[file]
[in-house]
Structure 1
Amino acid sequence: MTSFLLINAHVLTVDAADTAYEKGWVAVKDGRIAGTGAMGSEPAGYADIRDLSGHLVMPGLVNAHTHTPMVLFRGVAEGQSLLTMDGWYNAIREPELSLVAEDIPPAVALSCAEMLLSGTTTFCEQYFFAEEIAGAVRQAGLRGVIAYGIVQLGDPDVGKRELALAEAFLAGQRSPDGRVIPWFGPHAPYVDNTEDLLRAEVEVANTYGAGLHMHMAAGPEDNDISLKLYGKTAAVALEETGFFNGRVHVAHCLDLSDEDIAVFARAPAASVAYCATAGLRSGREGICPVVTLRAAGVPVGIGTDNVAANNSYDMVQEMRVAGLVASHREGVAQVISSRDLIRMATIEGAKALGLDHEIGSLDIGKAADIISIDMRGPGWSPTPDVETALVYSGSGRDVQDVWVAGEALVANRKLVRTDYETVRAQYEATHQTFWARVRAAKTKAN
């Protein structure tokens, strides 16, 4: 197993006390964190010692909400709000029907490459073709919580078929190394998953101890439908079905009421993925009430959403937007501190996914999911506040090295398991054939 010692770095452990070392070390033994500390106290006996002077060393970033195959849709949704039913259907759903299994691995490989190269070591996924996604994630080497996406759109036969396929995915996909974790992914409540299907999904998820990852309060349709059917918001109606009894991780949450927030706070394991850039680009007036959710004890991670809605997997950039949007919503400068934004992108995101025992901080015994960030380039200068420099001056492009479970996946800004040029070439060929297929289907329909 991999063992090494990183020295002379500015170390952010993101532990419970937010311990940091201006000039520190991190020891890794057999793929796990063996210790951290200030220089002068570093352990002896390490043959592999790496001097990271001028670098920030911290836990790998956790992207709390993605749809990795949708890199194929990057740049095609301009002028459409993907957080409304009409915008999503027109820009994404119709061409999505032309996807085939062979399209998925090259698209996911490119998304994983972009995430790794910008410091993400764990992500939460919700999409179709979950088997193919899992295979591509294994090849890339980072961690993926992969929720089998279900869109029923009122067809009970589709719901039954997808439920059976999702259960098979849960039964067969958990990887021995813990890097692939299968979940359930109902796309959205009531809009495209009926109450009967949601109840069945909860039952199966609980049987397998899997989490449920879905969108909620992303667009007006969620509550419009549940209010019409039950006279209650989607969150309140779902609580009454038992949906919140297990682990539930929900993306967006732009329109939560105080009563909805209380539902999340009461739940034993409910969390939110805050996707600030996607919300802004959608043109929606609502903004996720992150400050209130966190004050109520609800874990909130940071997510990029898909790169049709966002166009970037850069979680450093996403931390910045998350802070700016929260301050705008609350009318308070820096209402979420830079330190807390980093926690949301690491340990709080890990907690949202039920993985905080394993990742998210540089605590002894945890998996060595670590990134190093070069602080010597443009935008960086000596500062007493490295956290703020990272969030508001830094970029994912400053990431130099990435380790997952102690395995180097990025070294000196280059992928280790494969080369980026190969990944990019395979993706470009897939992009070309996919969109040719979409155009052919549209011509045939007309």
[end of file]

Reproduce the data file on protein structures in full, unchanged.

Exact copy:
[in-house]
Structure 1
Amino acid sequence: MTSFLLINAHVLTVDAADTAYEKGWVAVKDGRIAGTGAMGSEPAGYADIRDLSGHLVMPGLVNAHTHTPMVLFRGVAEGQSLLTMDGWYNAIREPELSLVAEDIPPAVALSCAEMLLSGTTTFCEQYFFAEEIAGAVRQAGLRGVIAYGIVQLGDPDVGKRELALAEAFLAGQRSPDGRVIPWFGPHAPYVDNTEDLLRAEVEVANTYGAGLHMHMAAGPEDNDISLKLYGKTAAVALEETGFFNGRVHVAHCLDLSDEDIAVFARAPAASVAYCATAGLRSGREGICPVVTLRAAGVPVGIGTDNVAANNSYDMVQEMRVAGLVASHREGVAQVISSRDLIRMATIEGAKALGLDHEIGSLDIGKAADIISIDMRGPGWSPTPDVETALVYSGSGRDVQDVWVAGEALVANRKLVRTDYETVRAQYEATHQTFWARVRAAKTKAN
């Protein structure tokens, strides 16, 4: 197993006390964190010692909400709000029907490459073709919580078929190394998953101890439908079905009421993925009430959403937007501190996914999911506040090295398991054939 010692770095452990070392070390033994500390106290006996002077060393970033195959849709949704039913259907759903299994691995490989190269070591996924996604994630080497996406759109036969396929995915996909974790992914409540299907999904998820990852309060349709059917918001109606009894991780949450927030706070394991850039680009007036959710004890991670809605997997950039949007919503400068934004992108995101025992901080015994960030380039200068420099001056492009479970996946800004040029070439060929297929289907329909 991999063992090494990183020295002379500015170390952010993101532990419970937010311990940091201006000039520190991190020891890794057999793929796990063996210790951290200030220089002068570093352990002896390490043959592999790496001097990271001028670098920030911290836990790998956790992207709390993605749809990795949708890199194929990057740049095609301009002028459409993907957080409304009409915008999503027109820009994404119709061409999505032309996807085939062979399209998925090259698209996911490119998304994983972009995430790794910008410091993400764990992500939460919700999409179709979950088997193919899992295979591509294994090849890339980072961690993926992969929720089998279900869109029923009122067809009970589709719901039954997808439920059976999702259960098979849960039964067969958990990887021995813990890097692939299968979940359930109902796309959205009531809009495209009926109450009967949601109840069945909860039952199966609980049987397998899997989490449920879905969108909620992303667009007006969620509550419009549940209010019409039950006279209650989607969150309140779902609580009454038992949906919140297990682990539930929900993306967006732009329109939560105080009563909805209380539902999340009461739940034993409910969390939110805050996707600030996607919300802004959608043109929606609502903004996720992150400050209130966190004050109520609800874990909130940071997510990029898909790169049709966002166009970037850069979680450093996403931390910045998350802070700016929260301050705008609350009318308070820096209402979420830079330190807390980093926690949301690491340990709080890990907690949202039920993985905080394993990742998210540089605590002894945890998996060595670590990134190093070069602080010597443009935008960086000596500062007493490295956290703020990272969030508001830094970029994912400053990431130099990435380790997952102690395995180097990025070294000196280059992928280790494969080369980026190969990944990019395979993706470009897939992009070309996919969109040719979409155009052919549209011509045939007309």